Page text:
It’s only marginally lighter and smaller at 680g (compared to the 765g weight of the latter) and dimensions of 138mm x 98mm x 88mm (as against 144mm x 111mm x 75mm for the 6D II).
In real-world use, you’ll barely register the difference. Thanks to its deep grip, the R6 is
wonderfully ergonomic for holding and using for long periods of your time.
And for those worried about the weather, the R6 is weather sealed. In fact, the EOS R6 (and the R5) have the choice of keeping the shutter closed when the camera is powered off to attenuate dust damage, something you’ll found out within the menu system.
The body resembles the older EOS R in most ways but there are a couple of obvious differences – the most one being the return of the joystick multi-controller on the camera’s rear.
The touch bar on the rear panel of the EOS R was a sore point of contention amongst many users and it’s good to ascertain that it’s gone.
The textured joystick is straightforward to seek out without taking your eye off the viewfinder. you’ll use it to seek out your choice of AF point easily or to navigate the menu system if you’re not
keen on Canon’s touchscreen functionality.
The other difference in the rear control setup is that the return of the fast Menu (Q) button which was also missing in both the EOS R and therefore the RP.
For those coming from a totally different system, Canon’s setup has always been very intuitive and straightforward to use, and just a couple of minutes spent familiarizing yourself will have you ever up and running.
On the top, the R6 misses out on the LCD display that’s available on the EOS R and R5 (and also on Canon’s DSLRs) but gets a standard mode dial which will be familiar to most Canon DSLR users.
The R6 also misses out on the high-resolution viewfinder that’s on the R5, instead of getting a 3.69-million dot EVF (matching the EOS R).
While a better resolution EVF would are grand, there’s absolutely nothing to complain about here – a refresh rate of 119.8fps means you’ll barely notice any blackout.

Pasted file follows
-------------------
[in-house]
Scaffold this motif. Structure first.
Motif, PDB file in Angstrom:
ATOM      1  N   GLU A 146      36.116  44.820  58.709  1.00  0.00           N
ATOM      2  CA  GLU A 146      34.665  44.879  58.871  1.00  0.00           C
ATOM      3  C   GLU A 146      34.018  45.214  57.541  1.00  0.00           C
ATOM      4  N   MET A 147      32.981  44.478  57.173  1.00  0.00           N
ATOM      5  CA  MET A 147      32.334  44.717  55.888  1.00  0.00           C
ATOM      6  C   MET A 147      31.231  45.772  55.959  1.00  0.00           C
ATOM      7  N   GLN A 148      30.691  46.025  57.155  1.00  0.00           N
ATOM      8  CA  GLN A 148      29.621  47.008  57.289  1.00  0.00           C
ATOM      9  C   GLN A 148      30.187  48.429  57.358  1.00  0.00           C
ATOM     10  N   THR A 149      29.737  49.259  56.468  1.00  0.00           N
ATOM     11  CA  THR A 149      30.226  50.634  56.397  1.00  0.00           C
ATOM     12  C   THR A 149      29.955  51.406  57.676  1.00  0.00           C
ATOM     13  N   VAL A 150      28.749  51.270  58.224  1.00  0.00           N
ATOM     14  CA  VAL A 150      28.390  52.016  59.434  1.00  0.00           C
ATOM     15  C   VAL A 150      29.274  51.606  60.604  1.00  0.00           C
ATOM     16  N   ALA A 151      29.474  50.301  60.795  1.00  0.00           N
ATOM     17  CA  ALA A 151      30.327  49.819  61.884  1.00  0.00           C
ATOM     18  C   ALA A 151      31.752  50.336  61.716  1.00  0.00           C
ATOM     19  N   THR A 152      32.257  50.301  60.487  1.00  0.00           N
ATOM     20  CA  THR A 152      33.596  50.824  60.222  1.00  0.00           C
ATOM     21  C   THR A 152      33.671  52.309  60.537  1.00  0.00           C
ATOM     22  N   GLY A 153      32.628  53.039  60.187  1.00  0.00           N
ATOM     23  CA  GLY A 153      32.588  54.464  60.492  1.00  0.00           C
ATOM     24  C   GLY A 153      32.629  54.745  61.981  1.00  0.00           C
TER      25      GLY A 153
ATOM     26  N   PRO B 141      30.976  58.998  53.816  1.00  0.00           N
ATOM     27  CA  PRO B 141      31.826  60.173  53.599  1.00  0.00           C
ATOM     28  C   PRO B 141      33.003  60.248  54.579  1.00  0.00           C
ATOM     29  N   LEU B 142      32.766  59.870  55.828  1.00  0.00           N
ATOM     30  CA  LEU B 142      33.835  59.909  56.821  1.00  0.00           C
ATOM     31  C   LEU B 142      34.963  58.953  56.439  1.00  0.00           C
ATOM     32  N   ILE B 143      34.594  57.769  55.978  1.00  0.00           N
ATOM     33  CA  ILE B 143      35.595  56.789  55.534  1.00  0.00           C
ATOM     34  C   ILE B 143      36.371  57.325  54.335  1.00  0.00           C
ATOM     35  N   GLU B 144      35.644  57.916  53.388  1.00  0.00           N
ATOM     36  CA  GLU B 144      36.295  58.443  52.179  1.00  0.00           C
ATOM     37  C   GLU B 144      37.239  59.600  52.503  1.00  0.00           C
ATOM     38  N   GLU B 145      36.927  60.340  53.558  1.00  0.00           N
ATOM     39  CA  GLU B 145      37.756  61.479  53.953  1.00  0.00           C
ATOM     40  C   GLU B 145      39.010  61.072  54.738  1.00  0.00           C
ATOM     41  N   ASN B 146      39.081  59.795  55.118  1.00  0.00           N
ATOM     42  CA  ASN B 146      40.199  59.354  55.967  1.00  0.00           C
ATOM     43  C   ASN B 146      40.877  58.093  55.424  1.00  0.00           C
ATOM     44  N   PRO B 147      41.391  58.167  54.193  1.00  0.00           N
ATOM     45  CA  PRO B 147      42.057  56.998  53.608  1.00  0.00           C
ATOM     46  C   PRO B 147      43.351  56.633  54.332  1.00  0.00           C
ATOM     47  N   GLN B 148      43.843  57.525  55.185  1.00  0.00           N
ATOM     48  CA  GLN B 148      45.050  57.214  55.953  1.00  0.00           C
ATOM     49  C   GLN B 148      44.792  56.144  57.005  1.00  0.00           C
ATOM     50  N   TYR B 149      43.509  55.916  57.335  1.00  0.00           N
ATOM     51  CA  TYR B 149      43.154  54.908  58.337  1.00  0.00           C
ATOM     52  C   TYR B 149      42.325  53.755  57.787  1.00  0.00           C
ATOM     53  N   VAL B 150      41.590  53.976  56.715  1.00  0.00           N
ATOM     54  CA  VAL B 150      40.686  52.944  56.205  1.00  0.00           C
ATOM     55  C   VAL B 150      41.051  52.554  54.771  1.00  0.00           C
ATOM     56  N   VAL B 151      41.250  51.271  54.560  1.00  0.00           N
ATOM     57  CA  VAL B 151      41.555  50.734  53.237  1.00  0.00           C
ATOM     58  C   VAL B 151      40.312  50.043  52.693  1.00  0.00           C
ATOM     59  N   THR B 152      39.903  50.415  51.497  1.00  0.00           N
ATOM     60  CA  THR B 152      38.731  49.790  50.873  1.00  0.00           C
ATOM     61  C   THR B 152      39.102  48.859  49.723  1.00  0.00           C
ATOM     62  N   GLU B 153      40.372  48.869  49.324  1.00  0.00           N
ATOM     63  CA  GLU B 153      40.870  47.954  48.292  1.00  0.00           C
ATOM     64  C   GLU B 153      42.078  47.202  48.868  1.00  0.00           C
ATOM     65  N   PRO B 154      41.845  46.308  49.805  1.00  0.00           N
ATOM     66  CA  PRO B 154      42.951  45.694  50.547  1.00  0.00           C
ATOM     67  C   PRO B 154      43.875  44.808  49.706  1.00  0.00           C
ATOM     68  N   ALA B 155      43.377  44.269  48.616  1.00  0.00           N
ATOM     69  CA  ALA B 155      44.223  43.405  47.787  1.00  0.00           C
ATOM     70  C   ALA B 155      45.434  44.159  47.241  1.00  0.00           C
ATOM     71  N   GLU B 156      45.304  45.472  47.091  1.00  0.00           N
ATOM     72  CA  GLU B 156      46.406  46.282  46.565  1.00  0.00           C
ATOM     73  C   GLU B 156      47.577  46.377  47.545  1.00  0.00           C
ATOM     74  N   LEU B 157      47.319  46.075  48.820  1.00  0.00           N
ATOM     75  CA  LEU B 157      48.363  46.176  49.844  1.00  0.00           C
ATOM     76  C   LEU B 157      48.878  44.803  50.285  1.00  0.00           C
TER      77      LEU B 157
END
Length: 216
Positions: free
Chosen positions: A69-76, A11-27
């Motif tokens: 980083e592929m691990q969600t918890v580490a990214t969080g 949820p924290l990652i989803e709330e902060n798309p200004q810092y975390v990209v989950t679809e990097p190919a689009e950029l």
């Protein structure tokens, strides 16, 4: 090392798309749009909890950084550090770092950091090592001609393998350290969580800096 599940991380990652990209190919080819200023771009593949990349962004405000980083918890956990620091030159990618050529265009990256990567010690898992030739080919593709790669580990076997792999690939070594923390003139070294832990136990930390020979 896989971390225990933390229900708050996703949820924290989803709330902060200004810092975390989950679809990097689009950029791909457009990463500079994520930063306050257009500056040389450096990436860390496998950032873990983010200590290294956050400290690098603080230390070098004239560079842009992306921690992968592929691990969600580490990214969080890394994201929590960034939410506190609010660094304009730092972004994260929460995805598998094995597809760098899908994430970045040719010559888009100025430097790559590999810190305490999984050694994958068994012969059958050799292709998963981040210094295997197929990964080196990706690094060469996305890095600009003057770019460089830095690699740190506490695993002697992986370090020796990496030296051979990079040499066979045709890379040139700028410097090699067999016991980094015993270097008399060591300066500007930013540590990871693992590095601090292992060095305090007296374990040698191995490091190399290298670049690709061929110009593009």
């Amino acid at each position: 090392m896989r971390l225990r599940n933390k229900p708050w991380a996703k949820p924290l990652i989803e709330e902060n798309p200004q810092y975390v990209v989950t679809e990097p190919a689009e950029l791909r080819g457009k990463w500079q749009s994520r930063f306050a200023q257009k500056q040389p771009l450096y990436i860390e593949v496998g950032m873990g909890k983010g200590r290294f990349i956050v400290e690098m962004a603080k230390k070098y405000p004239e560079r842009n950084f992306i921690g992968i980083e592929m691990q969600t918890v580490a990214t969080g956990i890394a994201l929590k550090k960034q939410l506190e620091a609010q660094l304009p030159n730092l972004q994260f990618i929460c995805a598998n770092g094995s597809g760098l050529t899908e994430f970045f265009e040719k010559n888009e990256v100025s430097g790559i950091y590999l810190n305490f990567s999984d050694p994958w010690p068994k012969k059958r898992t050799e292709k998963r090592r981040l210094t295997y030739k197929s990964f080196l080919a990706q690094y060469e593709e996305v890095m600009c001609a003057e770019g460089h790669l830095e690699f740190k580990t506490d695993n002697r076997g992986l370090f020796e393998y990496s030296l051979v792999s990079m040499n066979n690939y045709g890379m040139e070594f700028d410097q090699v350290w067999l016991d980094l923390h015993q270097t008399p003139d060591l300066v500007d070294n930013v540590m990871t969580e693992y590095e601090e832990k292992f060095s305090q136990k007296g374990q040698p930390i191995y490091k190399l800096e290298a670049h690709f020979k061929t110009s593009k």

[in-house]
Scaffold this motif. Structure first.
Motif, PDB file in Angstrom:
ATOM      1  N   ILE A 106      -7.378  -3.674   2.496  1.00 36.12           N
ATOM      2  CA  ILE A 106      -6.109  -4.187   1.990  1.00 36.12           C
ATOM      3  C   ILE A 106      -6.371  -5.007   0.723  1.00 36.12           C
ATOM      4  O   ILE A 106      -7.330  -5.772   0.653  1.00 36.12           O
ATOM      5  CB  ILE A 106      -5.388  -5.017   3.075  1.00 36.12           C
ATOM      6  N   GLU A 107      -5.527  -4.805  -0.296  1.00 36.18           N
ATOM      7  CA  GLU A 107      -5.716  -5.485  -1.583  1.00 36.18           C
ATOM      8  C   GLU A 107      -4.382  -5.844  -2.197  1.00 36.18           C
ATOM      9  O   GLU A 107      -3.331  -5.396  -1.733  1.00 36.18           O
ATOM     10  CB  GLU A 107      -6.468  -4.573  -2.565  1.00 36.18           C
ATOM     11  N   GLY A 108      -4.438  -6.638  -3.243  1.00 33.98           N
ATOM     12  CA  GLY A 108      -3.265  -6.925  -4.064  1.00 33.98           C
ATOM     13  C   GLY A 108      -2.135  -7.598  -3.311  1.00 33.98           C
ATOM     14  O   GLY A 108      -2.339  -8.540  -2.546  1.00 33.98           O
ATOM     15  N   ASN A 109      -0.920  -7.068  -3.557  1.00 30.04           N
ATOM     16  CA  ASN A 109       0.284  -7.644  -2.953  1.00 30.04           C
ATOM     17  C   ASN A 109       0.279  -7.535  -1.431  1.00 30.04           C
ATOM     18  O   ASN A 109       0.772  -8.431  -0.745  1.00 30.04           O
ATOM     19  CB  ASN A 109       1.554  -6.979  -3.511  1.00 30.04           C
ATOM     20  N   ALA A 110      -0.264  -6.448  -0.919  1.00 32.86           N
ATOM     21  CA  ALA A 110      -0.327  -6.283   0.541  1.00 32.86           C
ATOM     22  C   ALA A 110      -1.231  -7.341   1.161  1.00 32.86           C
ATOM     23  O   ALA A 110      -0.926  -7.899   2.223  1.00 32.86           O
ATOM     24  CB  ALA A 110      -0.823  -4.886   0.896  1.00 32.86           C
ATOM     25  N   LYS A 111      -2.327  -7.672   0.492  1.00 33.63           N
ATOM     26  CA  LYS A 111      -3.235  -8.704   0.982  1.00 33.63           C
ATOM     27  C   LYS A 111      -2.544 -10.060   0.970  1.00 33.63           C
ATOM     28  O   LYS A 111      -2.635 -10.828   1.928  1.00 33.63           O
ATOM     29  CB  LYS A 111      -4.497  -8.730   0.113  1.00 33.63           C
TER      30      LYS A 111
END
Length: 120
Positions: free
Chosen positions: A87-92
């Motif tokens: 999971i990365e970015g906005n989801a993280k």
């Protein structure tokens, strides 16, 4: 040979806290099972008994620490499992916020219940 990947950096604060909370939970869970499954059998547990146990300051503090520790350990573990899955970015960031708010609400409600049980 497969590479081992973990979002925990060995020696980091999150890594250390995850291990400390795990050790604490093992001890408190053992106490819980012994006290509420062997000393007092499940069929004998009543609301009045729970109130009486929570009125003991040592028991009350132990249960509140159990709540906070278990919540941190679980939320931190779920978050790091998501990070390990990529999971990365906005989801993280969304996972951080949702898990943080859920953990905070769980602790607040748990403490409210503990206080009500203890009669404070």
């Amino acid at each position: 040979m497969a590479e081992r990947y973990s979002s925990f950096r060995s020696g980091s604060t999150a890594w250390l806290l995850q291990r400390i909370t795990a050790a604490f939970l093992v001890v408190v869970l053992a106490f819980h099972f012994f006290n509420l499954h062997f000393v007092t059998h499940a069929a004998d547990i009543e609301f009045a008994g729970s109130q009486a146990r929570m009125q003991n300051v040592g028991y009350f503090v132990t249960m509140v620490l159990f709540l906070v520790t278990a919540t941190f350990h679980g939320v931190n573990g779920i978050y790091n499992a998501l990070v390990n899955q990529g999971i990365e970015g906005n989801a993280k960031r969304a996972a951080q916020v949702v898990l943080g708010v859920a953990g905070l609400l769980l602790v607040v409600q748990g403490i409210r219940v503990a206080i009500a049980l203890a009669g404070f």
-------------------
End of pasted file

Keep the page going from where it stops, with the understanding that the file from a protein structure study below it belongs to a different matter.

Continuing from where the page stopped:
If you’re not keen on using the EVF, you’ll always shoot in Live View and frame your image using the 3-inch 1.62-million-dot rear touchscreen.
This vari-angle display is slightly smaller than the one on the EOS R5, which is 3.2
inches because of thinner bezels.
On the opposite side to the memory card slots are all the other ports you’ll need. The USB-C port is often wont to charge the camera while on the go.
Speaking of charging, both the R6 and therefore the R5 also enjoy a replacement battery –
LPE-6NH – which not only offers better battery life (about 510 shots as per CIPA’s conservative
rating) but is additionally compatible with any Canon body that uses LP-E6N or LP-E6 batteries
(like the 6D Mark II, for example).
Like the pro-level 1D X Mark III and therefore the costlier EOS R5, the R6 is remarkably quick
and accurate, with autofocus performance that’s arguably best in school.
Starting with subject detection, locking onto a face or eye then tracking the topic – it had been all spot-on just about every single time we tested it.
If the animal or person we were shooting turned faraway from the camera, the R6 promptly increased the main target box size and locked onto the rear of the top.
In fact, if the topic turned back to face the camera again, the R6 was ready to lock onto an eye
fixed without such a lot as a blink. Canon says the animal recognition on the R6 is currently just
for cats, dogs, and birds, but that doesn’t stop the camera from that specialize in anything it
thinks is an eye fixed or ahead.
For subjects as small as bees, the R6 was ready to find the insect’s head and persist with it as long because it was on a flower.
However, we failed while trying to trace the bees as we were too slow to follow the busybodies, and therefore the out-of-focus images were no fault of the camera but the user’s inability to stay up.
Canon’s new Dual Pixel CMOS AF II system allows focusing to be done on-sensor and provides you a whopping 6,072 AF points to settle on from – above the R5’s 5.940 user-definable points.
These points cover the whole horizontal frame and 90% vertically, which is quite what most
intermediate-level cameras offer.